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Immunolabeling for Correlative Light and Electron Microscopy on Ultrathin Cryosections

Published online by Cambridge University Press:  03 March 2008

Irawati K. Kandela
Affiliation:
Department of Pharmaceutical Sciences, University of Wisconsin, Madison, WI 53705, USA
Reiner Bleher
Affiliation:
Department of Animal Sciences, University of Wisconsin, Madison, WI 53706, USA
Ralph M. Albrecht
Affiliation:
Department of Pharmaceutical Sciences, University of Wisconsin, Madison, WI 53705, USA Department of Animal Sciences, University of Wisconsin, Madison, WI 53706, USA Department of Pediatrics, University of Wisconsin, Madison, WI 53706, USA

Abstract

Correlative labeling permits colocalization of molecular species for observation of the same sample in light (LM) and electron microscopy (EM). Myosin bands in ultrathin cryosections were labeled using both fluorophore conjugated to secondary antibody (IgG) and colloidal gold (cAu) particles conjugated to primary IgG as reporters for LM and transmission electron microscopy (TEM), respectively. This technique allows rapid evaluation of labeling via LM, prior to more time-consuming observations with TEM and also yields two complementary data sets in one labeling procedure. Quenching of the fluorescent signal was inversely related to the distance between fluorophore and cAu particles. The signal from fluorophore conjugated to secondary antibody was inversely proportional to the size of cAu conjugated to primary antibody. Where fluorophore and cAu were bound to the same antibody, the fluorescence signal was nearly completely quenched regardless of fluorophore excitation or emission wavelength and regardless of particle size, 3 nm and larger. Colloidal metal particles conjugated to primary antibody provide high spatial resolution for EM applications. Fluorophore conjugated to secondary antibody provides spatial resolution well within that of conventional fluorescence microscopy. Use of fluorescent secondary antibody moved the fluorophore a sufficient distance from the cAu particles on the primary antibody to limit quenching of fluorescence.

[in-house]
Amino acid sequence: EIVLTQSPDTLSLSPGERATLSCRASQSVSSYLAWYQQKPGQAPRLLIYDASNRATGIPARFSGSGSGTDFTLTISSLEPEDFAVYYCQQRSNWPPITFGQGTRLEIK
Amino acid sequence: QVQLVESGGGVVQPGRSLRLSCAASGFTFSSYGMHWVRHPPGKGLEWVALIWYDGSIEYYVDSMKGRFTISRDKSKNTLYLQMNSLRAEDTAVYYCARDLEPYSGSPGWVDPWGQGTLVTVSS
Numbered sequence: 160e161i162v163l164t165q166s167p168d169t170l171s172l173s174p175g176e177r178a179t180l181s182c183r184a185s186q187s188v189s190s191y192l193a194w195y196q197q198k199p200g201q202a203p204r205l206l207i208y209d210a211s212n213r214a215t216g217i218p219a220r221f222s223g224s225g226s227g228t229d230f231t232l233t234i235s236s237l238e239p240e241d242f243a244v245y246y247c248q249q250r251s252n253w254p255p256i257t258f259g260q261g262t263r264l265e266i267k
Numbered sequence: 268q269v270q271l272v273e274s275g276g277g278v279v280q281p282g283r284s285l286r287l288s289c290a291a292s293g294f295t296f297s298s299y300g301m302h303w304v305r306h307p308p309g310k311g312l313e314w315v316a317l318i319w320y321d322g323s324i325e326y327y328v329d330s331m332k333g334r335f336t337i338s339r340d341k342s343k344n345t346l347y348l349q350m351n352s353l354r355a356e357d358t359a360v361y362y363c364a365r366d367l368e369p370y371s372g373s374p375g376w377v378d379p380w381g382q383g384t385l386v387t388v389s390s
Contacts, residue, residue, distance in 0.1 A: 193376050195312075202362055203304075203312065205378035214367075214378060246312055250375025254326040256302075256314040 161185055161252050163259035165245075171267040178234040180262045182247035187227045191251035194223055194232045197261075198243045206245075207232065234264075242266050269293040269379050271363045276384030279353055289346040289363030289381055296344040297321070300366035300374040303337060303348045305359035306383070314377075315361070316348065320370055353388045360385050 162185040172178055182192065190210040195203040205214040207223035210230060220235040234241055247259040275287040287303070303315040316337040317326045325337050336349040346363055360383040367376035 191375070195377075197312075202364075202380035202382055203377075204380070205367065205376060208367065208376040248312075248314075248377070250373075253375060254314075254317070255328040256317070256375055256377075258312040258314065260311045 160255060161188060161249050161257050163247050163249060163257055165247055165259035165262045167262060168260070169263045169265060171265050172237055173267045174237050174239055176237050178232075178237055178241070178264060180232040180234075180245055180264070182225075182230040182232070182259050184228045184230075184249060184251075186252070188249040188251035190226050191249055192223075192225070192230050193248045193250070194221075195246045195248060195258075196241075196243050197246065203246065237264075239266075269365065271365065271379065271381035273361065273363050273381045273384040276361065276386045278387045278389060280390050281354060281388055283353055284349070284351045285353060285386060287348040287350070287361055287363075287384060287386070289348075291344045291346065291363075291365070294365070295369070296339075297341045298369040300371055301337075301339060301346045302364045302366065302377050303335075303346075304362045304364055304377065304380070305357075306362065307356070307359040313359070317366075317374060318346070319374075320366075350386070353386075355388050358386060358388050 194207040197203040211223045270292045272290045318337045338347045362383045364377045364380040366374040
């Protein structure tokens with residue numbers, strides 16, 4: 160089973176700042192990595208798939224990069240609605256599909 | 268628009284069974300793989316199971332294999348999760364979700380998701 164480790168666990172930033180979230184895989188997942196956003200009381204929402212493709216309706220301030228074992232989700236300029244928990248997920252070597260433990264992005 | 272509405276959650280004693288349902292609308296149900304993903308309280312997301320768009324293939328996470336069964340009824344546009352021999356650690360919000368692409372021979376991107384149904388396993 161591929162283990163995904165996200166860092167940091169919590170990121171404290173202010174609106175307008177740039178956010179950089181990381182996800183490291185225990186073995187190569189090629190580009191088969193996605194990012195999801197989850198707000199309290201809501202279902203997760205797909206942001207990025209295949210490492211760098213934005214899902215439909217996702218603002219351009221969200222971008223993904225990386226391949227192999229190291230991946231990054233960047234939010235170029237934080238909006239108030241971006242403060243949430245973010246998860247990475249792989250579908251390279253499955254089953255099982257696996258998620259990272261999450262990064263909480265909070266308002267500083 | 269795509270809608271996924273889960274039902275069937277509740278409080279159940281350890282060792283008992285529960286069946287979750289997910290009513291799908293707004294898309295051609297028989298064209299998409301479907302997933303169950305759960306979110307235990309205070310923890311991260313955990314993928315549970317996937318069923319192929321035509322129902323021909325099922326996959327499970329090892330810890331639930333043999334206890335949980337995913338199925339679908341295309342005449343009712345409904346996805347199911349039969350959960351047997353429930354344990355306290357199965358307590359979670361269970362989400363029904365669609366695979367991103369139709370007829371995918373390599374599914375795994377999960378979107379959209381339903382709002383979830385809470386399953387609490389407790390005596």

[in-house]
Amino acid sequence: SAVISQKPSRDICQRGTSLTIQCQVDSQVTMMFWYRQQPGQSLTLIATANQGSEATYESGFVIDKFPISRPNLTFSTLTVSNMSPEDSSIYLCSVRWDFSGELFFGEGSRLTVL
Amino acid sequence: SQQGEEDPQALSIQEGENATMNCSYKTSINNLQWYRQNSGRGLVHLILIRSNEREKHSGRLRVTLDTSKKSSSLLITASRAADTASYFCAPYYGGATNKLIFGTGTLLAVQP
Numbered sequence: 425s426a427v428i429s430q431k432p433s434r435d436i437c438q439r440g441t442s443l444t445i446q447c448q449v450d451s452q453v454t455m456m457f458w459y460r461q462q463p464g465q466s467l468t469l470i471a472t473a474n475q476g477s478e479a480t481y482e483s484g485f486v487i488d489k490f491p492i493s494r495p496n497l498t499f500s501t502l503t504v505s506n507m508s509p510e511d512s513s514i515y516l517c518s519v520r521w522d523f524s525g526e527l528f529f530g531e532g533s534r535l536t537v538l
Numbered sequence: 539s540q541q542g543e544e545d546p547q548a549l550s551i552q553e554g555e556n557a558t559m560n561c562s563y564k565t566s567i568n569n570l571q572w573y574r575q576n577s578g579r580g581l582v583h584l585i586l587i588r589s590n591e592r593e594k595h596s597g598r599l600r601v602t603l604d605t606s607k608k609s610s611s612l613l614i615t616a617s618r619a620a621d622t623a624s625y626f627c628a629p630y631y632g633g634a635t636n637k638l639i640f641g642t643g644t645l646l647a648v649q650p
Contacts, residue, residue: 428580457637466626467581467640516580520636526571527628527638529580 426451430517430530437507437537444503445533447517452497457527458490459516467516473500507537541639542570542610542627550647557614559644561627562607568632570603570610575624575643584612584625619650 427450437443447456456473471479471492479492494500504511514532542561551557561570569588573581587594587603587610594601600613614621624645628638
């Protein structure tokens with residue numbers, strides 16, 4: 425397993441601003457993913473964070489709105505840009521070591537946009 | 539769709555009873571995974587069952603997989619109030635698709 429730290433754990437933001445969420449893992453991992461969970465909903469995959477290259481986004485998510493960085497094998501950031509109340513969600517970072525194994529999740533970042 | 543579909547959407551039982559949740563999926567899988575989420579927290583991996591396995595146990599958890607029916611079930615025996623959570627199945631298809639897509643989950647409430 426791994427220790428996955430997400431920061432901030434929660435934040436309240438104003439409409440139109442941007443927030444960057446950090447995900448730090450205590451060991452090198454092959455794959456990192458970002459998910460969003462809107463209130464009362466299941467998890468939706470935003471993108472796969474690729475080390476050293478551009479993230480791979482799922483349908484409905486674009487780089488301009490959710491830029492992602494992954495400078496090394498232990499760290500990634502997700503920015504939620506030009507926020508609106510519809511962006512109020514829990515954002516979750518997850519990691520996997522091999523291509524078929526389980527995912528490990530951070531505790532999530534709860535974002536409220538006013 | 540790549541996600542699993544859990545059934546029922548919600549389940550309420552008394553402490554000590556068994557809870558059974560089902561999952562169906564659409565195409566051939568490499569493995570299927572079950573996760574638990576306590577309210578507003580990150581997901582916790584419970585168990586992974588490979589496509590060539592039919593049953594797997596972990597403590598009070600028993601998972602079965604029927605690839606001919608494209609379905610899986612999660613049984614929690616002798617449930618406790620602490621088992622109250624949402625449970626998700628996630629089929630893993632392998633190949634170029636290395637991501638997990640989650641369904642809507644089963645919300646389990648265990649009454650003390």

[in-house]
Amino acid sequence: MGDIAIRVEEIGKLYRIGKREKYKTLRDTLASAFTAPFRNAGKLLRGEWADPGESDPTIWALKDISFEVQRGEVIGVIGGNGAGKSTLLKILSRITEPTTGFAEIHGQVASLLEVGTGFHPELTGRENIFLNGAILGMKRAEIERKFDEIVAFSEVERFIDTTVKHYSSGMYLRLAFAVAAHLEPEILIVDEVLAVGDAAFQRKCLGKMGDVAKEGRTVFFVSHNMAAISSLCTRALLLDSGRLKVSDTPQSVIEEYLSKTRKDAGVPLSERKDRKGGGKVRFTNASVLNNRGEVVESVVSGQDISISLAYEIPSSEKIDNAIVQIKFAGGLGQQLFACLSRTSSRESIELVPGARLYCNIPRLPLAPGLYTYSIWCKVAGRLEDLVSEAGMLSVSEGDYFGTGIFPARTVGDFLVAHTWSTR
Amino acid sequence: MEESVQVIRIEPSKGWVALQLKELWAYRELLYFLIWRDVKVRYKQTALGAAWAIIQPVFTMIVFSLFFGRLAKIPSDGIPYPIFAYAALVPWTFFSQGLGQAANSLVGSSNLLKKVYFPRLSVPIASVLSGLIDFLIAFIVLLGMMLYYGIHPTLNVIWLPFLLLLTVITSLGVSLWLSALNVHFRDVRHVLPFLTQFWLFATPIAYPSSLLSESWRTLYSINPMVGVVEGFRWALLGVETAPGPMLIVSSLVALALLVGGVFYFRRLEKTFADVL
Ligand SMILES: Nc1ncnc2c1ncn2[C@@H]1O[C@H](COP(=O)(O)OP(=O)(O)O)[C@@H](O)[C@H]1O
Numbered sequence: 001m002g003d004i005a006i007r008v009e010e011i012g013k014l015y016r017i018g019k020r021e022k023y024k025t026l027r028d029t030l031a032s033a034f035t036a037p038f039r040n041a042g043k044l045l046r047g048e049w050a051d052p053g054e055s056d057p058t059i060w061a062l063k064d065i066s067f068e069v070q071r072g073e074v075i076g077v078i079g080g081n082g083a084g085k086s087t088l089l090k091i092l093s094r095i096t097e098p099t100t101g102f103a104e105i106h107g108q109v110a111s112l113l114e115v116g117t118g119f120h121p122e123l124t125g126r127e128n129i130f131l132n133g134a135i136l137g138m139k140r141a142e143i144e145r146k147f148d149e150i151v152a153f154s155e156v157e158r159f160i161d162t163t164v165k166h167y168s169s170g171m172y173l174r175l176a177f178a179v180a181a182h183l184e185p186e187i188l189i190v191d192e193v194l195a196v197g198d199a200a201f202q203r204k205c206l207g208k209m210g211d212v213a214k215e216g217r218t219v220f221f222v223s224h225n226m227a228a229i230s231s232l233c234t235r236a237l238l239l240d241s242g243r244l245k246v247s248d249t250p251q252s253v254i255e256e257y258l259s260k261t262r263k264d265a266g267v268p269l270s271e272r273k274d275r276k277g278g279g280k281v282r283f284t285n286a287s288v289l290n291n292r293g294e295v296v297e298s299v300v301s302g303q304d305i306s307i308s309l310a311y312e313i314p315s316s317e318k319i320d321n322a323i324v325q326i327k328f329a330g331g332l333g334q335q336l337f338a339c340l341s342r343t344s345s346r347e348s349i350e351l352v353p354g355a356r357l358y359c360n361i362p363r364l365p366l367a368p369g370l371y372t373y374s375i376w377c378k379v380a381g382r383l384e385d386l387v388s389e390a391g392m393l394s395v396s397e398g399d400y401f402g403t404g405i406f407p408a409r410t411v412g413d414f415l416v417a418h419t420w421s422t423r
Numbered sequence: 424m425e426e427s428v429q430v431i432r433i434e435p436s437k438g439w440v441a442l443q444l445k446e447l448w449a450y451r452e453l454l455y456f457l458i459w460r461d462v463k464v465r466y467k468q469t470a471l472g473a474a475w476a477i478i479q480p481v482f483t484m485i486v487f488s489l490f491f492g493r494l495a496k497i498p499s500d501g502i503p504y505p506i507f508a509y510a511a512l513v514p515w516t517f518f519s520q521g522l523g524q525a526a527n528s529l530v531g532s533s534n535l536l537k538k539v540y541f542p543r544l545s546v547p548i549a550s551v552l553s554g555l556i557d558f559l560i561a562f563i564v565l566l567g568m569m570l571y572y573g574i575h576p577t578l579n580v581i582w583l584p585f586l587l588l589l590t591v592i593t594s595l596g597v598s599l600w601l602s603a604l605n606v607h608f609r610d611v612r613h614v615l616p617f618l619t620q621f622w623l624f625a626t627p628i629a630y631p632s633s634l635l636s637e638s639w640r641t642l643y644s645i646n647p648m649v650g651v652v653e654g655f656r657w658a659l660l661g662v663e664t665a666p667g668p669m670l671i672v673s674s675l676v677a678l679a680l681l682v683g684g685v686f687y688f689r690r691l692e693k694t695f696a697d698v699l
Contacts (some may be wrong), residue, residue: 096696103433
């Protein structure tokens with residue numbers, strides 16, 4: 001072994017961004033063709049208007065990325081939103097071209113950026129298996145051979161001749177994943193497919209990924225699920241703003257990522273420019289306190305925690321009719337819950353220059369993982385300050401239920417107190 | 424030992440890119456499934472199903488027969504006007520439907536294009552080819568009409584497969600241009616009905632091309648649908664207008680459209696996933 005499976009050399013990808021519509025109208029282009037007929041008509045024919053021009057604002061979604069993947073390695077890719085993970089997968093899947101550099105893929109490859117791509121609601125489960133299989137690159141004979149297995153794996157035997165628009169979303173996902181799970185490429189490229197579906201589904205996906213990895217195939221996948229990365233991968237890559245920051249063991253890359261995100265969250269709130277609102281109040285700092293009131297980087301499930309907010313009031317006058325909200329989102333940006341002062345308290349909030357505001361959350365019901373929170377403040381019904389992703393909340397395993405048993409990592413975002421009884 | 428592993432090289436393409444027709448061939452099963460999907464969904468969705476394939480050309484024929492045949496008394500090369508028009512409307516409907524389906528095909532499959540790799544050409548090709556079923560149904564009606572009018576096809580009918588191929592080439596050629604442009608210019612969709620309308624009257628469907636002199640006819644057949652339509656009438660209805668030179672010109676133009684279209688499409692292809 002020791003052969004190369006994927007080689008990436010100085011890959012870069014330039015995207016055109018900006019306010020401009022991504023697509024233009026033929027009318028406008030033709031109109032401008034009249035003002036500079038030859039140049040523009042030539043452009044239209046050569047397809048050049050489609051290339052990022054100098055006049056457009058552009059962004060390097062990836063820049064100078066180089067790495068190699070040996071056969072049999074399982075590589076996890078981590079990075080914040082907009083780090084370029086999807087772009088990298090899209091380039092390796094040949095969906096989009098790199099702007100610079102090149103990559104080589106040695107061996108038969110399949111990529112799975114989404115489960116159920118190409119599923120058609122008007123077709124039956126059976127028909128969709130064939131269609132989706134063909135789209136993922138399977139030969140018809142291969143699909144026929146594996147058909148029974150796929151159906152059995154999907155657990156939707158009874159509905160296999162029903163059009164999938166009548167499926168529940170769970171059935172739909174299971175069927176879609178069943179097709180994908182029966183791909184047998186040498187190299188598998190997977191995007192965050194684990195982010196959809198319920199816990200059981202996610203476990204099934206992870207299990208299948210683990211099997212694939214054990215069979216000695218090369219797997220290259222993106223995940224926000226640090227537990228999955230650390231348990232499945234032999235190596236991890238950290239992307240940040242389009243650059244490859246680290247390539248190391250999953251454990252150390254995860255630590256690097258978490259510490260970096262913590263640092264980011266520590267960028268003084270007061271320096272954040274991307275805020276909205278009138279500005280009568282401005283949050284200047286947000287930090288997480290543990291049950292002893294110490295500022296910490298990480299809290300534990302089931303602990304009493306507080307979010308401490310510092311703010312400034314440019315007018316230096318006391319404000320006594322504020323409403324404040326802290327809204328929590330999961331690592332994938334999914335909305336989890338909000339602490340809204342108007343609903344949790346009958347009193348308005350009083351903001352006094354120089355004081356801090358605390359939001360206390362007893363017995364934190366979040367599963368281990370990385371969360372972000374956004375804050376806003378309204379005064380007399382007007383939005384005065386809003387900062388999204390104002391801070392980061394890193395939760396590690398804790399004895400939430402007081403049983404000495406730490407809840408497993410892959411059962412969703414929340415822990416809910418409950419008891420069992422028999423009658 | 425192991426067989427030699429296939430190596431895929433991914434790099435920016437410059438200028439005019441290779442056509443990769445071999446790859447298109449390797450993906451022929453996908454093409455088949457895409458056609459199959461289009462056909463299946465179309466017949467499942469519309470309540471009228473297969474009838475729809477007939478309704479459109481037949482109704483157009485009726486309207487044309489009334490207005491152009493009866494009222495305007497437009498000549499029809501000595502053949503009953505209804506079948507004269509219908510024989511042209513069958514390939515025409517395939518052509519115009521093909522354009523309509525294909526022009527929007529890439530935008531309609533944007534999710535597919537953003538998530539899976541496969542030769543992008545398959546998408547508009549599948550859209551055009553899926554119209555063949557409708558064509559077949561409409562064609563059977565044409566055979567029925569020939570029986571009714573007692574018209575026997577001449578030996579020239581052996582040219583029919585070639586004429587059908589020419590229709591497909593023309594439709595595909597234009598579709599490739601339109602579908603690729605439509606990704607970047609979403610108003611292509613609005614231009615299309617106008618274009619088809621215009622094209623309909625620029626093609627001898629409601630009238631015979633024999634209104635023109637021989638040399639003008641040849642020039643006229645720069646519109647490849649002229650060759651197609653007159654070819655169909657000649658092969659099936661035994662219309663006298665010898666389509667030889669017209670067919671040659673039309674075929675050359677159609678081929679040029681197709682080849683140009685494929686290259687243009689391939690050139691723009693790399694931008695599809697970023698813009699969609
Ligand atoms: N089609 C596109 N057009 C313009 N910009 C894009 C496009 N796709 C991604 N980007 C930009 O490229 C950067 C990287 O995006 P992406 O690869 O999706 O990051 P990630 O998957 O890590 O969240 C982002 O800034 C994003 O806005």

Type
Research Article
Copyright
© 2008 Microscopy Society of America

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References

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